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by Jonathan Riley-Smith

Author: Jonathan Riley-Smith
Subcategory: Europe
Language: English
Publisher: Rowman & Littlefield Pub Inc (June 1, 1977)
Pages: 92 pages
Category: History
Rating: 4.5
Other formats: lit mobi lrf lrf

What Were the Crusades?Paperback.

What Were the Crusades?Paperback. Jonathan Riley-Smith.

Jonathan Simon Christopher Riley-Smith GCStJ FRHistS (27 June 1938 – 13 September 2016) was a historian of the Crusades, and, between 1994 and 2005, Dixie Professor of Ecclesiastical History at Cambridge. He was a Fellow of Emmanuel College, Cambridge. Riley-Smith was the eldest of four children born into a prosperous Yorkshire brewing family.

Jonathan Riley-Smith’s book What Were the Crusades? provides a very brief glimpse into the world of the Crusades. He gives a general definition from period sources as to what contemporaries thought crusades were. Participants were called to take the cross, answer a legitimate call made by the Pope, told to go either abroad or remain closer to home to fight a just war against the enemies of Christendom

Jonathan Riley-Smith. In this collection of essays, the story of the Crusades is told as never before in an engrossing and comprehensive history that ranges from the preaching of the First Crusade in 1095 to the legacy of crusading ideals and imagery that continues today

Jonathan Riley-Smith. In this collection of essays, the story of the Crusades is told as never before in an engrossing and comprehensive history that ranges from the preaching of the First Crusade in 1095 to the legacy of crusading ideals and imagery that continues today. Here are the ideas of apologists, propagandists, and poets about the Crusades, as well as the perceptions and motives of the crusaders themselves and the means by which they joined the movement.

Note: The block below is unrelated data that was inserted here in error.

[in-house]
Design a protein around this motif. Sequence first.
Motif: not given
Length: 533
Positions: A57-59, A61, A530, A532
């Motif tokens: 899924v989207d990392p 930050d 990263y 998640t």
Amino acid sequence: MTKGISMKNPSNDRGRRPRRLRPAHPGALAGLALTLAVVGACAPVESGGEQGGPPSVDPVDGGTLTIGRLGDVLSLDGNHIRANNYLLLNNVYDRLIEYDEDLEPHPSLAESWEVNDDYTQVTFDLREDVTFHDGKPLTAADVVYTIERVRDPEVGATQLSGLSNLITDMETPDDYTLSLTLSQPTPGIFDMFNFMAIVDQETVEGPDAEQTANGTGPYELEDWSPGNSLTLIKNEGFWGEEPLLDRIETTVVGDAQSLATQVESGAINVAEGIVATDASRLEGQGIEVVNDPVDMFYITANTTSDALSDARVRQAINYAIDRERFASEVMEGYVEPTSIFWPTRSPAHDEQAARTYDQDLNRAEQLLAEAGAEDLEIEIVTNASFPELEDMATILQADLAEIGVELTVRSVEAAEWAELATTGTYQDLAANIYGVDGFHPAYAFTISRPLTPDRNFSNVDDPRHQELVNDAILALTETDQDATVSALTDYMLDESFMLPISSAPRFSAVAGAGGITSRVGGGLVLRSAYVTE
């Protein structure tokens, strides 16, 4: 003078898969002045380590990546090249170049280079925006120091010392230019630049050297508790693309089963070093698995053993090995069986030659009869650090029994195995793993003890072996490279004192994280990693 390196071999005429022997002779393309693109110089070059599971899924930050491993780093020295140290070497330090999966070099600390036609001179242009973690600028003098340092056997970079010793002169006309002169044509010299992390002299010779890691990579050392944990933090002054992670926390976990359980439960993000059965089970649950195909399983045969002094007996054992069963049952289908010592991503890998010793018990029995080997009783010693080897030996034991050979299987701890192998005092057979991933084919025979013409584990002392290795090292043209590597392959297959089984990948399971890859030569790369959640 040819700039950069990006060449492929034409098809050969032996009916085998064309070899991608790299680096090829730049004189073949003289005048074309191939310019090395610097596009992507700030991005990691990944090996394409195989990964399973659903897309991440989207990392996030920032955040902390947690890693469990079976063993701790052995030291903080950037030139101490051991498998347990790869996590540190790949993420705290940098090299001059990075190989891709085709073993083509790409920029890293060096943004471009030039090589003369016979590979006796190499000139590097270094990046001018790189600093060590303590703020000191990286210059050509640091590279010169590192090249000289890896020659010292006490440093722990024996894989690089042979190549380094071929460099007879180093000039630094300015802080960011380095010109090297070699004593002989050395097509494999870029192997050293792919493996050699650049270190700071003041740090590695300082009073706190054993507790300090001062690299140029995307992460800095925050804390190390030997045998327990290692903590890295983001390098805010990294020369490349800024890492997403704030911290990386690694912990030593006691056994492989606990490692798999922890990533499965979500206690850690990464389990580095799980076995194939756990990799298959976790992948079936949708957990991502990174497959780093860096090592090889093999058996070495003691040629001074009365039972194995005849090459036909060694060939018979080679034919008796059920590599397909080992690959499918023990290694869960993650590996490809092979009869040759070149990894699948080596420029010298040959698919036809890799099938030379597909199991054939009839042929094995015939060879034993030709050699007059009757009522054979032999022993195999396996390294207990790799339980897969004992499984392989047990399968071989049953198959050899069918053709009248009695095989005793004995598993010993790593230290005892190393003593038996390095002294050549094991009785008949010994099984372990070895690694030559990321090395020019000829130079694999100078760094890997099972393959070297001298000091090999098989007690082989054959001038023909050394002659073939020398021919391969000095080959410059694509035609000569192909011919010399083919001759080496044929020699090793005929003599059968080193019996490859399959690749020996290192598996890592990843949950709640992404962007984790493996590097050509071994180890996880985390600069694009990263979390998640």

What Were the Crusades? Authors. Chapters Table of contents (5 chapters). About About this book. Pages i-x. PDF. What Were the Crusades? Jonathan Riley-Smith. Pages 1-8. A Just Cause. Since then a number of historians have built on Professor Riley-Smith's conclusions.

Jonathan Riley-Smith. Few attempts had been made to define 'the crusade' before this book was first published in 1977. Since then, a number of historians have built on Jonathan Riley-Smith's original conclusions.

With this book, Jonathan Riley-Smith returns to the actual story of the Crusades, explaining why and where they were fought and how deeply their narratives and symbolism became embedded in popular Catholic thought and devotional life

With this book, Jonathan Riley-Smith returns to the actual story of the Crusades, explaining why and where they were fought and how deeply their narratives and symbolism became embedded in popular Catholic thought and devotional life. From this history, Riley-Smith traces the legacy of the Crusades into modern times, specifically within the attitudes of European imperialists and colonialists and within the beliefs of twentieth-century Muslims. Europeans fashioned an interpretation of the Crusades from the writings of Walter Scott and a French contemporary, Joseph-François Michaud.

Jonathan Riley-Smith was a founder member, and later president, of the Society for the History .

Jonathan Riley-Smith was a founder member, and later president, of the Society for the History of the Crusades and the Latin East. Some German and French historians had addressed some of these questions, but Riley-Smith answered them with an unprecedented clarity and directness, founded on a far wider and more systematic reading of theology and canon law as well as of narrative sources and documents.

What were the Crusades? by. Riley-Smith, Jonathan Simon Christopher, 1938-.

Jonathan Riley-Smith is Emeritus Professor of Ecclesiastical History, University of Cambridge. His many publications on the Crusades include What Were the Crusades?, The Oxford History of the Crusades and Hospitallers. Bibliographic information. Jonathan Riley-Smith, Jonathan Simon Christopher Riley-Smith.

Examines the concept of the just war, papal authorization of the Crusades, and the vows and privileges of participants to arrive at a definition of the term crusade